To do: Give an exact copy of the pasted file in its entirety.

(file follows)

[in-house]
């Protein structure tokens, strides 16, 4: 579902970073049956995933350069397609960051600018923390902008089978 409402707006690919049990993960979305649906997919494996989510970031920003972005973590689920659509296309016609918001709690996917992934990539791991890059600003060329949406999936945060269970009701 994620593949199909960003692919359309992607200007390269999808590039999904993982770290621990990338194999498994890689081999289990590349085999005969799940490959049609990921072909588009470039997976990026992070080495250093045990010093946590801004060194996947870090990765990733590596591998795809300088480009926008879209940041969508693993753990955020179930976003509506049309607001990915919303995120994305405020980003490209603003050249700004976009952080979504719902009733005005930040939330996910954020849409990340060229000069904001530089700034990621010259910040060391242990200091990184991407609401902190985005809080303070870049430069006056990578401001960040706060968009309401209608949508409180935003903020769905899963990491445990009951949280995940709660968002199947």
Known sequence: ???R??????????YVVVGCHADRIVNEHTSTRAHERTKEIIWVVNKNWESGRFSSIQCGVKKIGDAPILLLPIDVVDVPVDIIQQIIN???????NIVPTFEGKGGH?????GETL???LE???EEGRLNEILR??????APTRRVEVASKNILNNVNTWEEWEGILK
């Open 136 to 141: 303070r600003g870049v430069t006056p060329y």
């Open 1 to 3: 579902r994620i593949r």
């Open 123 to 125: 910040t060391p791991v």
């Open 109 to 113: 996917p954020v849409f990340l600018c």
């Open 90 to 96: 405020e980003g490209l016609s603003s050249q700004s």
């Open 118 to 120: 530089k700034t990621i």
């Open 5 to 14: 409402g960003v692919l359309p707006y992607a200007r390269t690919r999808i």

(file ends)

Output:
[in-house]
């Protein structure tokens, strides 16, 4: 579902970073049956995933350069397609960051600018923390902008089978 409402707006690919049990993960979305649906997919494996989510970031920003972005973590689920659509296309016609918001709690996917992934990539791991890059600003060329949406999936945060269970009701 994620593949199909960003692919359309992607200007390269999808590039999904993982770290621990990338194999498994890689081999289990590349085999005969799940490959049609990921072909588009470039997976990026992070080495250093045990010093946590801004060194996947870090990765990733590596591998795809300088480009926008879209940041969508693993753990955020179930976003509506049309607001990915919303995120994305405020980003490209603003050249700004976009952080979504719902009733005005930040939330996910954020849409990340060229000069904001530089700034990621010259910040060391242990200091990184991407609401902190985005809080303070870049430069006056990578401001960040706060968009309401209608949508409180935003903020769905899963990491445990009951949280995940709660968002199947």
Known sequence: ???R??????????YVVVGCHADRIVNEHTSTRAHERTKEIIWVVNKNWESGRFSSIQCGVKKIGDAPILLLPIDVVDVPVDIIQQIIN???????NIVPTFEGKGGH?????GETL???LE???EEGRLNEILR??????APTRRVEVASKNILNNVNTWEEWEGILK
């Open 136 to 141: 303070r600003g870049v430069t006056p060329y």
């Open 1 to 3: 579902r994620i593949r």
């Open 123 to 125: 910040t060391p791991v």
């Open 109 to 113: 996917p954020v849409f990340l600018c």
């Open 90 to 96: 405020e980003g490209l016609s603003s050249q700004s």
């Open 118 to 120: 530089k700034t990621i």
């Open 5 to 14: 409402g960003v692919l359309p707006y992607a200007r390269t690919r999808i």